And dont forget all the taxes and fees that airlines currently hand a passenger; And paying for checked bags (what the hell is that about, btw?); or your shuttle to and from the airport. . .

  • al labruna

    Of course you are just considering a corridor two end points. City buses dont only take on passengers at the city line and go non stop until downtown. Many Amtrak passengers travel Buffalo to Albany, or Yonkers to Utica, etc. Buffalo is just at the end of that corridor, its not a city pair.
    I would also challenge the assumption that a flight from NYC is only 1.5 hours. You arent considering traveling to the airport, getting your ticket, checking/claiming bags, clearing security, etc.

  • al labruna

    Or Chicago. Or Detroit. Or Denver. Or Cinci.

  • al labruna

    Its odd Cuomo didnt ask for ARC tunnel funds now that Christe cancelled that. Maybe he’s hoping that he will come to his senses. Or maybe its because it would have improved rail access to NYC – and much of his constituent base.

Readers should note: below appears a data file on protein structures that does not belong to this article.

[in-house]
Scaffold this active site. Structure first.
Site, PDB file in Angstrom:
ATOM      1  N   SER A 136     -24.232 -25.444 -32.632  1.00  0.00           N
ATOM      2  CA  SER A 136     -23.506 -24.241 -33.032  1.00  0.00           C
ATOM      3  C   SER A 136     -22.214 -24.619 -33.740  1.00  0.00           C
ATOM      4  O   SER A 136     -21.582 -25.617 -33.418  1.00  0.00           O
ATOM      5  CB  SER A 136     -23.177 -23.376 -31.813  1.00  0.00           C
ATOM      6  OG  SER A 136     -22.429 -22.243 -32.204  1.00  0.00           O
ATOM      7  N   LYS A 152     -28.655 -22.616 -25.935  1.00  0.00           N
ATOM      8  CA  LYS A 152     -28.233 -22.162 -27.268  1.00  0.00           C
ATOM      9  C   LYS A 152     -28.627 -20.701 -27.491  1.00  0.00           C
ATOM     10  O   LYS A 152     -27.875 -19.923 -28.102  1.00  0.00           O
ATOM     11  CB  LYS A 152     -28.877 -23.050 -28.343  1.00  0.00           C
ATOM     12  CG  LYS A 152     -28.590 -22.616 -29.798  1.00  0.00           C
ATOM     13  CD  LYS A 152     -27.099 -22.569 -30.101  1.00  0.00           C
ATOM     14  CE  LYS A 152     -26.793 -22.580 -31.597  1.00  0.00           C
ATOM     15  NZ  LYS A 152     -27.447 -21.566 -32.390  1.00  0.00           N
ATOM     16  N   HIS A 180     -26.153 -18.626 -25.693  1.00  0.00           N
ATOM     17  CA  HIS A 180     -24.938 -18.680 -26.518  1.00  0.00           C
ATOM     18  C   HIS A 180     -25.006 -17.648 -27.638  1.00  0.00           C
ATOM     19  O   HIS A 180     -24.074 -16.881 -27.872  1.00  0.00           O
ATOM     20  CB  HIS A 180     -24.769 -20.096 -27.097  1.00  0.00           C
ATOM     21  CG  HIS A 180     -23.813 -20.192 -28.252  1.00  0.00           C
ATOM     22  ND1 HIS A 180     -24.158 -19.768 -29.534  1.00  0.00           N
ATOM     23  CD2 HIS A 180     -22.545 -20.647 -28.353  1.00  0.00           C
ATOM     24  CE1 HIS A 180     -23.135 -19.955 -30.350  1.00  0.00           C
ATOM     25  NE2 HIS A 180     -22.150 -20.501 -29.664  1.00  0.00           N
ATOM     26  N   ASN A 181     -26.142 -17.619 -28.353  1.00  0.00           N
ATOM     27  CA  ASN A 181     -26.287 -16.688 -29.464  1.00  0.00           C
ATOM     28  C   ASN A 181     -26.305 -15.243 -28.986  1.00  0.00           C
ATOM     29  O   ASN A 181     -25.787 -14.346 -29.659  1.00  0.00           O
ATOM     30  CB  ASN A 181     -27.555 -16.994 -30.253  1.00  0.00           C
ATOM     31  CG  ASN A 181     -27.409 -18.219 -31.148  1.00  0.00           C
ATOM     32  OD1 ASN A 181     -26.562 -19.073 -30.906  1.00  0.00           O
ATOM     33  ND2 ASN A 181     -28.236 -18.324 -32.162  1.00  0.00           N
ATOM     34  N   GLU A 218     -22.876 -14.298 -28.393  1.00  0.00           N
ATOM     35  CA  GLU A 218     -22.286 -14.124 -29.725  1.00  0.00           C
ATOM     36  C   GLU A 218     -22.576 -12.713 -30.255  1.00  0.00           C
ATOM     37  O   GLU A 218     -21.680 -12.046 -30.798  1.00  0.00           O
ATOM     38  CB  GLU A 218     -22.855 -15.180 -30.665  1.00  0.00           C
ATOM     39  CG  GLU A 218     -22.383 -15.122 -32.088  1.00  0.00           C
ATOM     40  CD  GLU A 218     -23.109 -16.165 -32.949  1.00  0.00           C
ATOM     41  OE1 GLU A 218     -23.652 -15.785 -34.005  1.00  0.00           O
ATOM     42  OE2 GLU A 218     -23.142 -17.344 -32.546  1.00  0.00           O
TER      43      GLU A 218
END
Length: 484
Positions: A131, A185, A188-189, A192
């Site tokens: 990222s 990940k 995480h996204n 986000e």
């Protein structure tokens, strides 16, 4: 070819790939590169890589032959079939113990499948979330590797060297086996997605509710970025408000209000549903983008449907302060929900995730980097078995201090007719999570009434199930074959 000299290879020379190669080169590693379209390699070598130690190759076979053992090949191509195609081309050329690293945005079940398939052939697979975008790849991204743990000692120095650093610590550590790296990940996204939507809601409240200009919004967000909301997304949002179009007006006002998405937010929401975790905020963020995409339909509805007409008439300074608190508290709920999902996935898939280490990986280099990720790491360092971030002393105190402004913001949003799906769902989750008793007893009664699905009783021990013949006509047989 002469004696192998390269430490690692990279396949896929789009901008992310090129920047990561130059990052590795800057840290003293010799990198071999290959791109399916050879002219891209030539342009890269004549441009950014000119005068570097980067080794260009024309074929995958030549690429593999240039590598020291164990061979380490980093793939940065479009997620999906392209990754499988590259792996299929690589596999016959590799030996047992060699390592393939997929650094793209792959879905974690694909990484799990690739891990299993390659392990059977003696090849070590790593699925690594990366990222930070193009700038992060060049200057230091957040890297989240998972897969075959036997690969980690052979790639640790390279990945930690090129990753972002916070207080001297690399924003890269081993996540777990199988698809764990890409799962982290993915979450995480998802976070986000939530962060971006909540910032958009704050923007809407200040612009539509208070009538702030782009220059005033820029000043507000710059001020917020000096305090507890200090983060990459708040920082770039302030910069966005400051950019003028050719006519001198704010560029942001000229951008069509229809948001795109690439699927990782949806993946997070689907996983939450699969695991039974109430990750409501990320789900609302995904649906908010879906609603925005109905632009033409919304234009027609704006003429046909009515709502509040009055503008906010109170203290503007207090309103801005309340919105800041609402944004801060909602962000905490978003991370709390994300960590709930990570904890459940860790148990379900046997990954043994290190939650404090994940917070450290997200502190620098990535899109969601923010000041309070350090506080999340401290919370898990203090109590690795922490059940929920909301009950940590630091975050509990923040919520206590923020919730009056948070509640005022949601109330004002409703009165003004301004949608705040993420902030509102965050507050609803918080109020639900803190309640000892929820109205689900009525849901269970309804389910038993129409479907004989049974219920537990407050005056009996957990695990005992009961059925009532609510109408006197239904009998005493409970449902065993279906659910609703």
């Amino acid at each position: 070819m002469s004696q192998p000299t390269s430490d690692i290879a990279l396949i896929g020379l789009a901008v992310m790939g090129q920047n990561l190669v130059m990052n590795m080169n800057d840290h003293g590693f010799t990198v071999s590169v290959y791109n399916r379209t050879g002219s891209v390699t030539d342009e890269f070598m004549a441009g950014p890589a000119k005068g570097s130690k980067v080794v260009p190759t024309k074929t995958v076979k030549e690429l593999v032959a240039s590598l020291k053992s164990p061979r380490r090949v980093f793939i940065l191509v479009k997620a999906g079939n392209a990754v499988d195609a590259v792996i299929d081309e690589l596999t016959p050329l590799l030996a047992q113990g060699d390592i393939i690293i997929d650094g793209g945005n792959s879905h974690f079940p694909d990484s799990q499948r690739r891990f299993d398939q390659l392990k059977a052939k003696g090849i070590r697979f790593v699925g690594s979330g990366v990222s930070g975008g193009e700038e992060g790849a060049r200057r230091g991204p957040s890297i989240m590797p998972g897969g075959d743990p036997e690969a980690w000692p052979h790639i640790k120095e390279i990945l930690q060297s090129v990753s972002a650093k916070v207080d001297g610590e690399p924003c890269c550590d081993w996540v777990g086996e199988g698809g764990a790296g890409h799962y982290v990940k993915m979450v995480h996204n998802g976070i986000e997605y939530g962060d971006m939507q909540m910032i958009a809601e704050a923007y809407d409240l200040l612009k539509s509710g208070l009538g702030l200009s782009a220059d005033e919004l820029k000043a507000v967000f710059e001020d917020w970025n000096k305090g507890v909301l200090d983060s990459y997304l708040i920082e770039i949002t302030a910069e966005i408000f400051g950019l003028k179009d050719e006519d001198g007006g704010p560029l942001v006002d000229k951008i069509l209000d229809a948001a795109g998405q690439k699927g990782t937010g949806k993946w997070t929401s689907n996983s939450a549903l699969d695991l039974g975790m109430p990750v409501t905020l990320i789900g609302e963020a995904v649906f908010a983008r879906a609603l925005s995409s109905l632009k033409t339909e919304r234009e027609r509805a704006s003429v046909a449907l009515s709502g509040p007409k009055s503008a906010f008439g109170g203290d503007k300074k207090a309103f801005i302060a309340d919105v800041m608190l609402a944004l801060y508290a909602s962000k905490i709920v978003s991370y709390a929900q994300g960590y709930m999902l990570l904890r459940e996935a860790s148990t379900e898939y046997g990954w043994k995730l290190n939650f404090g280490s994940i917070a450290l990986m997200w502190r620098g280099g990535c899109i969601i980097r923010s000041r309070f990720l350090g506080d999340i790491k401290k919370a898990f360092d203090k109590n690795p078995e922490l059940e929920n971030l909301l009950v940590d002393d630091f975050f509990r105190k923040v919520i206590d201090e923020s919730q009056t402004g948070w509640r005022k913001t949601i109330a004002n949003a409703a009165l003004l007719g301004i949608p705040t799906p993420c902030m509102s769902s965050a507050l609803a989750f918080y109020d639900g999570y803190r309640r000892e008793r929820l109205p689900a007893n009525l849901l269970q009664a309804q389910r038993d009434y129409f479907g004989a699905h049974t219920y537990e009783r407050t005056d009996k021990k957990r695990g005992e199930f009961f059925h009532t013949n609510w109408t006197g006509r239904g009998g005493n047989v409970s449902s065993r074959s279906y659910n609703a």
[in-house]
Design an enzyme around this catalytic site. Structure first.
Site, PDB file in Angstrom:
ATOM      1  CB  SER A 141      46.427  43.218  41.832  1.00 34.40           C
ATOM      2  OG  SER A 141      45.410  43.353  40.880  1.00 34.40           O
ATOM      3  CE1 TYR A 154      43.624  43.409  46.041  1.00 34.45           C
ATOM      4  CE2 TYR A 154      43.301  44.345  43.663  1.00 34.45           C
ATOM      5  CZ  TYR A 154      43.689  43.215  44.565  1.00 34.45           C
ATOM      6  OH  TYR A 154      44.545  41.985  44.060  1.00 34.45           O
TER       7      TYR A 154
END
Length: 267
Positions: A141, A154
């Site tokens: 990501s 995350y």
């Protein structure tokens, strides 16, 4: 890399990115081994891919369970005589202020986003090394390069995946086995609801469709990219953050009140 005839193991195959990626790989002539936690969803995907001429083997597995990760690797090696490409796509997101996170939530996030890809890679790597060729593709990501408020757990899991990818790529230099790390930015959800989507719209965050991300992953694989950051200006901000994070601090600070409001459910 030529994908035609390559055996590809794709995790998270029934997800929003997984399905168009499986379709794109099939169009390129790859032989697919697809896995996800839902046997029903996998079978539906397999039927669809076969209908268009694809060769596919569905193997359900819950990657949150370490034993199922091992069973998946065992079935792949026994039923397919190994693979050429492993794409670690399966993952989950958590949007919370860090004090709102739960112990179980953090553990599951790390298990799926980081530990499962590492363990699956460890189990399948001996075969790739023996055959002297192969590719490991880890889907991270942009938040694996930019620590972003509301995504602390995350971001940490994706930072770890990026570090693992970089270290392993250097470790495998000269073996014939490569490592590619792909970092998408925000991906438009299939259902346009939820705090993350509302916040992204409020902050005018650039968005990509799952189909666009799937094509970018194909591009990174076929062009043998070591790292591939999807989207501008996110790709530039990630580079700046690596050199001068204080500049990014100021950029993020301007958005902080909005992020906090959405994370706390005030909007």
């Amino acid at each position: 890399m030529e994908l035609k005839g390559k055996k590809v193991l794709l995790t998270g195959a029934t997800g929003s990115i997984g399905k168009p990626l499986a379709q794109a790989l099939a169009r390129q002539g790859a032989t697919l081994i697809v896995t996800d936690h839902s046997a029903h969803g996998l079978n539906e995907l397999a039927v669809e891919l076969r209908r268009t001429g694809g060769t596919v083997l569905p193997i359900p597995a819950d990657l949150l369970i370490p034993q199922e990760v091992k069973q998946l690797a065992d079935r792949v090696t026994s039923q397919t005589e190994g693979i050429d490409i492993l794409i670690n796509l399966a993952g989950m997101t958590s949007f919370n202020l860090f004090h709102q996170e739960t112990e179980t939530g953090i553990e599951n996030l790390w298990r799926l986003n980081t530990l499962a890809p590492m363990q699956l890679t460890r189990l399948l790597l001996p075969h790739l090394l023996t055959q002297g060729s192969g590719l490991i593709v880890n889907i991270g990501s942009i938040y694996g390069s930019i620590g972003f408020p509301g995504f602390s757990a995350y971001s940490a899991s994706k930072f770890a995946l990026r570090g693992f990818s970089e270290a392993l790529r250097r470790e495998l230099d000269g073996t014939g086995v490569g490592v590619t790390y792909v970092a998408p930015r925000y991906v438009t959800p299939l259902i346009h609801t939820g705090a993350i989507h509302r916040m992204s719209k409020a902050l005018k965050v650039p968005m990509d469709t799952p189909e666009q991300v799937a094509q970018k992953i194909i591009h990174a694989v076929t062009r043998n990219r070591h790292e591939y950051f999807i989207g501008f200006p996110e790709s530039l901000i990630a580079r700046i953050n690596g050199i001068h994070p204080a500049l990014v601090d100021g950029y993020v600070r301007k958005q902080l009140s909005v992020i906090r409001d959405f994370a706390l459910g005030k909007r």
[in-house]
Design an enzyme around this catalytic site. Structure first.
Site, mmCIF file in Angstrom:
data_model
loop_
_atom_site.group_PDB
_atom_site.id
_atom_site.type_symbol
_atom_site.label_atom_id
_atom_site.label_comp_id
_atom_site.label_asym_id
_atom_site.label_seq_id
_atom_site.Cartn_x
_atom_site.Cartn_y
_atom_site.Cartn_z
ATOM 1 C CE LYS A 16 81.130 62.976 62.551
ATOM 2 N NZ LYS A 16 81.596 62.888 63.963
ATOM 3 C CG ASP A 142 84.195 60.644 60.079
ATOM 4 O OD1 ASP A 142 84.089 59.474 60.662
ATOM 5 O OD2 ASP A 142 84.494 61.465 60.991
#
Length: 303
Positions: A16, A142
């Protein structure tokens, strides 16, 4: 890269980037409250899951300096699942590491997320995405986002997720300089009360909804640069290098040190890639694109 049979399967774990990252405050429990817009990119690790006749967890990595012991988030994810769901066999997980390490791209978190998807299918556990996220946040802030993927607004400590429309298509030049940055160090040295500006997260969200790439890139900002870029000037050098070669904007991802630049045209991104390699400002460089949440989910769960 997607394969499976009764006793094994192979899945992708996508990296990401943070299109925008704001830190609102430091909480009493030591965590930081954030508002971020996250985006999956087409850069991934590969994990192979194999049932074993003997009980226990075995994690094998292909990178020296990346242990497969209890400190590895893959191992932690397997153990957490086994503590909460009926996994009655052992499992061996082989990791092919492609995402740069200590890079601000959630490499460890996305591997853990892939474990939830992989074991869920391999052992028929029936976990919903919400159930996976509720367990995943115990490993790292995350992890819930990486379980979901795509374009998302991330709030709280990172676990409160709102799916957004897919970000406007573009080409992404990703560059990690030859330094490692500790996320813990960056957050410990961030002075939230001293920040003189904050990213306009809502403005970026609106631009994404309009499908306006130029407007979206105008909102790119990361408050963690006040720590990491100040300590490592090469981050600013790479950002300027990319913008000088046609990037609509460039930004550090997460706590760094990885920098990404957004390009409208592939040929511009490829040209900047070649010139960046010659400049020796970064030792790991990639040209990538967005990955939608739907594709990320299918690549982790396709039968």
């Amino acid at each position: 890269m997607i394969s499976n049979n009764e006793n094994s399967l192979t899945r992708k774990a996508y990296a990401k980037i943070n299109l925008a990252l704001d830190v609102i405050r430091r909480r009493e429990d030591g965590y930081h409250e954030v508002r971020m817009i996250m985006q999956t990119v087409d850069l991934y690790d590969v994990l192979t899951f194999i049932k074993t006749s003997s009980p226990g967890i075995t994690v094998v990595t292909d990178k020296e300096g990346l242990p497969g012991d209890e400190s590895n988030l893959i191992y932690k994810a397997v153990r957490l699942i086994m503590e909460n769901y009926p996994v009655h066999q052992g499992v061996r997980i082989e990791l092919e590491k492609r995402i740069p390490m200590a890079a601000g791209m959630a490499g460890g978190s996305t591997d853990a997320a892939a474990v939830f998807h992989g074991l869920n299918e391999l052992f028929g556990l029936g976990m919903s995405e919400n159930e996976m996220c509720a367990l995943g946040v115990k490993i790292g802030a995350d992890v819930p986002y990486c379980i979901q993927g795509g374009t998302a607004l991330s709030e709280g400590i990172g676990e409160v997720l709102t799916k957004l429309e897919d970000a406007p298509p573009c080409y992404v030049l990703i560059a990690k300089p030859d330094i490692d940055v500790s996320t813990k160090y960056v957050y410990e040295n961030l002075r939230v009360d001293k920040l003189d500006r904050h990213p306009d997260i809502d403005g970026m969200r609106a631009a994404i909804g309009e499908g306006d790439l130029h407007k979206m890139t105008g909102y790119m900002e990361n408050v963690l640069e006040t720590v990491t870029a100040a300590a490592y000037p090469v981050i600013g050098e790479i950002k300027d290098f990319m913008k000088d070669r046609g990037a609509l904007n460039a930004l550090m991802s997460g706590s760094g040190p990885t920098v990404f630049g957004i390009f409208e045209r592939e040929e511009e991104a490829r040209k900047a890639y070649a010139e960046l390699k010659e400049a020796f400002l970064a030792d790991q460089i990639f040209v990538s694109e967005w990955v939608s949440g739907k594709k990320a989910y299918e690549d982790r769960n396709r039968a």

• dylan marsh

    Support Cuomo’s push for these funds by liking US Dept of Transportation Secretary Ray Lahood on Facebook and posting a comment in favor of NY getting this!!

  • rubagreta

    What a complete waste of money. The subsidy that New York State taxpayers will be stuck with once this white elephant gets going will boggle the mind. I believe it already costs a family of four to take the Acelea from NYC to Washington over $1,000. And that’s not even true high-speed rail.
    I don’t care how fast the train is going. If you need to get from suburban Rochester to suburban Buffalo, you’re not going to drive to downtown Rochester, take the train to the Buffalo, and then take a cab to your suburban destination.
    And from NYC to Buffalo? We already have something called airplanes, I believe.